On some long ago camping trip to the pine forests of east Texas, my father taught me the mechanics of building a fire. Raised in the woods and meadows of New England, he has a deep respect for the land, and shared with me his delight in the crisp morning air that always welcomes a well-built fire.
I watched in fascination as he gathered twigs and dry grass for the blaze that was soon to be. There was thought and experience behind each movement: the tenting of the combustibles; the gathering of the larger fuel; the attentiveness to wind speed and direction. I knew before the age of 4 that building a sustainable fire requires planning, preparation, and observation.
I think of those long-ago lessons often these days, particularly as I bow in prayer for the success of the revival fires now springing up among God’s people. I am careful not to pray for just any kind of burning. I do not ask the Lord for lightning strikes to set the land ablaze. Charred stumps and burned-over districts testify to the wastefulness of unplanned and unattended blazes. No, instead I plead for sustainable fires that warm and brighten, gathering places from which a watching world draws comfort, light, and encouragement.
Even as a child I grasped the importance of consolidating the combustibles that keep the fire fueled. Stray twigs and bits of straw may flame with momentary brilliance, but soon are spent, a blackened witness to what might have been. Pushed—or better yet, pressed—together, one fiery branch ignites another, and then another, each adding to a blaze so many times the size it might have individually produced.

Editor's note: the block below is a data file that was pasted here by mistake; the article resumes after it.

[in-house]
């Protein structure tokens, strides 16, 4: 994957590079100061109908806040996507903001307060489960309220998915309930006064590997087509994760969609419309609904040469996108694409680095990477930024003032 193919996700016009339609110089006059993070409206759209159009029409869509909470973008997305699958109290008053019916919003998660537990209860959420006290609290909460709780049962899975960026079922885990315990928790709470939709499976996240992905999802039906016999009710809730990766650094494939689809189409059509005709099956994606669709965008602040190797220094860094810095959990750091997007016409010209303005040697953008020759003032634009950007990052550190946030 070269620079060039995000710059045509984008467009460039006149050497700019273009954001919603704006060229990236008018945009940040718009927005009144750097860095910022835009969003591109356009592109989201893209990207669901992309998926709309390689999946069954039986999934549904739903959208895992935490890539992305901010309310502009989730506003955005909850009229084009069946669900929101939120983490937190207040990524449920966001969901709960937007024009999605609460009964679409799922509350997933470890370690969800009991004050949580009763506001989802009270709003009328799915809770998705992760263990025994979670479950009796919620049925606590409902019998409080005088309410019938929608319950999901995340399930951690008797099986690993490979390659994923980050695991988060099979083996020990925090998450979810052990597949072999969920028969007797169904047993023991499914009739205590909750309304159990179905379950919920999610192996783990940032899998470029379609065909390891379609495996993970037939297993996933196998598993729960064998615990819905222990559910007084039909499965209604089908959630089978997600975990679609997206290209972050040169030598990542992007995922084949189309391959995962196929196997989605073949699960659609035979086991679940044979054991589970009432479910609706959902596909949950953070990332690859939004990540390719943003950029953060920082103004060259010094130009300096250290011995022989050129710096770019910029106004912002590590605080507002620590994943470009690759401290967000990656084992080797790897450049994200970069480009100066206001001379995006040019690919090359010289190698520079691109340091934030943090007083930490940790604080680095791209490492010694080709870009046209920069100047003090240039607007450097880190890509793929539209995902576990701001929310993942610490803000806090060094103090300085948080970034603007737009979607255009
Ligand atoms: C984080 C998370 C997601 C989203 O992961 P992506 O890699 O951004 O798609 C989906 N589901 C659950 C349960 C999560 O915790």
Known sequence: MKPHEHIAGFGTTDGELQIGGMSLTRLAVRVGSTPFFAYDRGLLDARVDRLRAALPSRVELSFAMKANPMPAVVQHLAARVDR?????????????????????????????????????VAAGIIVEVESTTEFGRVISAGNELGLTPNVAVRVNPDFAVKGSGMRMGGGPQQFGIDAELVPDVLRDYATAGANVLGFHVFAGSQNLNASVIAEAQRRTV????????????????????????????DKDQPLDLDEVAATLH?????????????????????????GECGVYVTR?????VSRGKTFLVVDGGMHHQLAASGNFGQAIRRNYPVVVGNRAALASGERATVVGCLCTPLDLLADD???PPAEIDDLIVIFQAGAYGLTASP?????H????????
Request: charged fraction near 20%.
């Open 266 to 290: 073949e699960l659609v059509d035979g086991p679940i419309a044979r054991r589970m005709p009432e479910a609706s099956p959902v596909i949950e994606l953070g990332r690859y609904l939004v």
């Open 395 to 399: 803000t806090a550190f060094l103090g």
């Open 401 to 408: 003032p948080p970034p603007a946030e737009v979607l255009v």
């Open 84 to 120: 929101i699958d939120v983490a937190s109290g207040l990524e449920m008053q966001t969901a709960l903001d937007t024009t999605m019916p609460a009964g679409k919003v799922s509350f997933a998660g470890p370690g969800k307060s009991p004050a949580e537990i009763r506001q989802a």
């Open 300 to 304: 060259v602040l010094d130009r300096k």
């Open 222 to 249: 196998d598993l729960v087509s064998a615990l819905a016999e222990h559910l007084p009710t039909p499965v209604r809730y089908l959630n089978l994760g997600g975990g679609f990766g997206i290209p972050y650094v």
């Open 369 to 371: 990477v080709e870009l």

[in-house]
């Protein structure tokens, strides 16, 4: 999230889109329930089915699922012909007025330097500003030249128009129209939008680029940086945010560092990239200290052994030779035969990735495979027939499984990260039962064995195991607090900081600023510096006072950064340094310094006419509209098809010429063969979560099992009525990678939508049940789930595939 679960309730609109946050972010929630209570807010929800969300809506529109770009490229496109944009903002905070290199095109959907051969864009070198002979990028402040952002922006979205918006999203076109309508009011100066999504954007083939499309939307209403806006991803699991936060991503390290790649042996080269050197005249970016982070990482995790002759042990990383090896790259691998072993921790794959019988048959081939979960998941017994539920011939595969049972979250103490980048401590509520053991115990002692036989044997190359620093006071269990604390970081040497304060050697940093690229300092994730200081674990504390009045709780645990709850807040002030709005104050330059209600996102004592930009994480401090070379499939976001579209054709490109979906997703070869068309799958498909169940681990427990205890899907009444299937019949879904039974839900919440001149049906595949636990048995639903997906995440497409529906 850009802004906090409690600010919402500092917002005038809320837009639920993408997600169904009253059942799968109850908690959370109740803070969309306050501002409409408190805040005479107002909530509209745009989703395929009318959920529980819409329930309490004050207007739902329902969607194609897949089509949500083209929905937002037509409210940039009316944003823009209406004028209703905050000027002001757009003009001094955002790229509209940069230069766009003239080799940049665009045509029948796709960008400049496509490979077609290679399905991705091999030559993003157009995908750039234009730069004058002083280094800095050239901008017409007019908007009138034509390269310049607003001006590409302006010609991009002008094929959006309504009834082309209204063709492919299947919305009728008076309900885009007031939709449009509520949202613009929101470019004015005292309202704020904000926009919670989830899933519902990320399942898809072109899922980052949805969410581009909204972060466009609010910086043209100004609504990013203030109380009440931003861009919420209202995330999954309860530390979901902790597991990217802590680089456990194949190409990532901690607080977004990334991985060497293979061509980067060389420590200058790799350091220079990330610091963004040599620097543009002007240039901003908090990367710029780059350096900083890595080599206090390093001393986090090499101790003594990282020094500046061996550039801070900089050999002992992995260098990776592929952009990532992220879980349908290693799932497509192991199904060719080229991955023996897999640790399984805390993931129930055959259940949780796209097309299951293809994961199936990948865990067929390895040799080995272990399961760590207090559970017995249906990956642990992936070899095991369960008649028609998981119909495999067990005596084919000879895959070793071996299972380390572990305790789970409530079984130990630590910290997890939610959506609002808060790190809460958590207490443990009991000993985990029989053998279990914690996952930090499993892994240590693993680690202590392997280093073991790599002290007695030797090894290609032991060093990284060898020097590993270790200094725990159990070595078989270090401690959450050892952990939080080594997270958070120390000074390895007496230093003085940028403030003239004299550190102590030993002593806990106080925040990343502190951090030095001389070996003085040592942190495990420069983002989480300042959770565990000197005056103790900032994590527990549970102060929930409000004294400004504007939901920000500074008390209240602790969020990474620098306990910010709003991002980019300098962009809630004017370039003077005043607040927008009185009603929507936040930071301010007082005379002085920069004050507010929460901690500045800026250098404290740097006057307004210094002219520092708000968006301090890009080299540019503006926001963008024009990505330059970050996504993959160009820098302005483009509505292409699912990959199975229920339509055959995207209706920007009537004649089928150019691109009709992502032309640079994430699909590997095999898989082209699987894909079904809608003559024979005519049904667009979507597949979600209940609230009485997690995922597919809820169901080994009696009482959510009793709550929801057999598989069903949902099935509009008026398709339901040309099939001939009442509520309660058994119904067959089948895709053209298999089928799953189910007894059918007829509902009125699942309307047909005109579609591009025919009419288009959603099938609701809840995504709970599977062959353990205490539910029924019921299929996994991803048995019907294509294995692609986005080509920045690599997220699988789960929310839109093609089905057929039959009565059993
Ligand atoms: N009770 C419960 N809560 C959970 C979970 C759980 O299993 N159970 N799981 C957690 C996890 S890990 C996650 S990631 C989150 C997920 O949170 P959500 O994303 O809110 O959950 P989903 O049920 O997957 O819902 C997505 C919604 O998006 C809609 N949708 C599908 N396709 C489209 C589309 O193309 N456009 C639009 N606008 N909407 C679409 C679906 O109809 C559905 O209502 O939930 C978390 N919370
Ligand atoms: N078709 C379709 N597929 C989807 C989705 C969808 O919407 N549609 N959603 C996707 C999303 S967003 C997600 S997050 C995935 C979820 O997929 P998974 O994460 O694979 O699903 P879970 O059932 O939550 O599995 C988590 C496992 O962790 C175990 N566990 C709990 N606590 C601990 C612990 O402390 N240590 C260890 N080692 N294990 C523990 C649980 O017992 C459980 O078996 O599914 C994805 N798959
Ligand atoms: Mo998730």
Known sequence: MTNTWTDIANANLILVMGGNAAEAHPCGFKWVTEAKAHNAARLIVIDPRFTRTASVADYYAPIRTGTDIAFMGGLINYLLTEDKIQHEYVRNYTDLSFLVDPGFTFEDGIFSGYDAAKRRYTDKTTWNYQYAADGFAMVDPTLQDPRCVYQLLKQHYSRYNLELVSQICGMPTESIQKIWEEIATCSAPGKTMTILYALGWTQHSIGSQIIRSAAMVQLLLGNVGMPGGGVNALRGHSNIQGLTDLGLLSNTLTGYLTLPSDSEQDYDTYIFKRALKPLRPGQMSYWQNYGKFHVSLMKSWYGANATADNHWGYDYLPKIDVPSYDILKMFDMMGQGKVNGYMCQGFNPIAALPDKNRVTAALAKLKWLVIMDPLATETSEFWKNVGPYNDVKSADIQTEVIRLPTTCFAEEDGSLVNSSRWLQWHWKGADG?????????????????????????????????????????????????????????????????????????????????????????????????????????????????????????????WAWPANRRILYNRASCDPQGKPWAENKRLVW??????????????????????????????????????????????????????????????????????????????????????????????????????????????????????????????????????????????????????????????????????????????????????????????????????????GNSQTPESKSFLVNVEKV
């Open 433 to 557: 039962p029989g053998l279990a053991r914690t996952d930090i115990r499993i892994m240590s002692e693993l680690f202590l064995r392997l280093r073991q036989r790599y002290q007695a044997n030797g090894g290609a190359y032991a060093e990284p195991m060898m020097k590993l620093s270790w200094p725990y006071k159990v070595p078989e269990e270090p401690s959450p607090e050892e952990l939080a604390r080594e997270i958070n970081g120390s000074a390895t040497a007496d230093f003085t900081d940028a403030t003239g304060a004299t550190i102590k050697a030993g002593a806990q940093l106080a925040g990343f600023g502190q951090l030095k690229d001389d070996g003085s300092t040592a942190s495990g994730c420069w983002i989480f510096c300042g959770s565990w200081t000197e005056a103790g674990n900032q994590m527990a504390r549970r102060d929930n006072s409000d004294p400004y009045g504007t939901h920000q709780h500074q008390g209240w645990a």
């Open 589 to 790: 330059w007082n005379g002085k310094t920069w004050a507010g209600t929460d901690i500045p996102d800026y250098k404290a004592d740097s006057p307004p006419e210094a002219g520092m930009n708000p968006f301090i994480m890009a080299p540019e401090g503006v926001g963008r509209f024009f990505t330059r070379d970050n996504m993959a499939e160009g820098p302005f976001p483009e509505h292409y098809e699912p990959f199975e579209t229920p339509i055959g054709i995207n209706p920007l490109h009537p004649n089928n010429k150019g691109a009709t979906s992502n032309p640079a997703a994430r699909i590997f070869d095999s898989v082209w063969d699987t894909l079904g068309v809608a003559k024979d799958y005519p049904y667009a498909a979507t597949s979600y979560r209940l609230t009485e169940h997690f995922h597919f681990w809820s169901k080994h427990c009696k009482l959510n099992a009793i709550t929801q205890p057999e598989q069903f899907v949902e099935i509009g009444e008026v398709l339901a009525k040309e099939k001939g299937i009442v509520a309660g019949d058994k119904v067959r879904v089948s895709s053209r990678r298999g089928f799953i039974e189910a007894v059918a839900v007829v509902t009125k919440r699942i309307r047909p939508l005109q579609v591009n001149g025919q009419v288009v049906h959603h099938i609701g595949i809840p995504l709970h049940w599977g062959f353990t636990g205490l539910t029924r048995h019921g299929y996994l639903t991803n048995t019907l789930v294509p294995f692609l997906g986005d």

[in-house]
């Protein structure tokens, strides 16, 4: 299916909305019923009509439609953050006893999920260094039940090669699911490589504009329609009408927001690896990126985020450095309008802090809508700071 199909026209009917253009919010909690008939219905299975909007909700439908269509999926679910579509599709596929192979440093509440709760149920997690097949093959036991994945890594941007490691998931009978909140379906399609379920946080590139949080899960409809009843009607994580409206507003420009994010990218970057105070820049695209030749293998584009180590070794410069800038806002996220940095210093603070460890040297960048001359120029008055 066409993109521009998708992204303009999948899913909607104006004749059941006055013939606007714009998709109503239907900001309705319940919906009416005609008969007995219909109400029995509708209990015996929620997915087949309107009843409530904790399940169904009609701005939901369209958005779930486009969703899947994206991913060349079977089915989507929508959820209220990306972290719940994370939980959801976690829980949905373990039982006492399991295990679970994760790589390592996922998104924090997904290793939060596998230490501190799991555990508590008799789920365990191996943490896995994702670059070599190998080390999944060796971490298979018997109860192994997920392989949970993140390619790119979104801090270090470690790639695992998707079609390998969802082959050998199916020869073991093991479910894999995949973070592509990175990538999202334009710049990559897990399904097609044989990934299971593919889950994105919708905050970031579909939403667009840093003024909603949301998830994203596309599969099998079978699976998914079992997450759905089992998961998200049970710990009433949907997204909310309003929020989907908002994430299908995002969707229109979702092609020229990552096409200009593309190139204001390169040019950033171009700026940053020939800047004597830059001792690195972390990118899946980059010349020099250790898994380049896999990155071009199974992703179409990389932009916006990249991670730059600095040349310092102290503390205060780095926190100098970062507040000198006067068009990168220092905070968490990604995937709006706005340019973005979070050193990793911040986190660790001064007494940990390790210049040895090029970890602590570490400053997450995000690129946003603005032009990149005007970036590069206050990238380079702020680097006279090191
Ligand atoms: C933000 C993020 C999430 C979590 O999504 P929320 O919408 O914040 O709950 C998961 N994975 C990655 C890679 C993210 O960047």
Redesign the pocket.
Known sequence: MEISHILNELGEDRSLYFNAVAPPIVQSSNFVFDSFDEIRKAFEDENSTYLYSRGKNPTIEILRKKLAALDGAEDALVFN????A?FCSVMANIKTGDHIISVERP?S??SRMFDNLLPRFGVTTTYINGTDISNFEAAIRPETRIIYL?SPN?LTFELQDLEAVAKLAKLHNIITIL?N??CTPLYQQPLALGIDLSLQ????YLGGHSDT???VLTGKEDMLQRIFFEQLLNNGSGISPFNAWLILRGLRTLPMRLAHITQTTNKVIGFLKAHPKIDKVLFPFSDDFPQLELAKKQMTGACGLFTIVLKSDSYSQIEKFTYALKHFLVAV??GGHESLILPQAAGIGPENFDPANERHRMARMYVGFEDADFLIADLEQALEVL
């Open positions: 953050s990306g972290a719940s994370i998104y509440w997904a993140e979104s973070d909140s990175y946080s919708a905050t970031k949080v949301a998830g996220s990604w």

The principle holds true when revival fires spring up in what Elton Trueblood once called “the incendiary fellowship”—this body of believers God has called into His remnant church. Apart from each other, we may flare with bright but temporary light. But pressed together—consciously collected for the Spirit’s fiery purposes—the personal revival that God is now bringing to hundreds of individuals will soon become that great and general revival for which we’ve all been praying.
“Press together, press together, press together,” Ellen White reminded us more than a century ago. “Do not let Satan cast his hellish shadow between brethren. Press together; in unity there is strength.”1
So step closer to the fire, my friends. Decide to be part of the new Pentecost God is now lighting among His people. The heart you find on fire will surely be your own.
1 Ellen G. White, The Ellen G. White 1888 Materials, p. 904.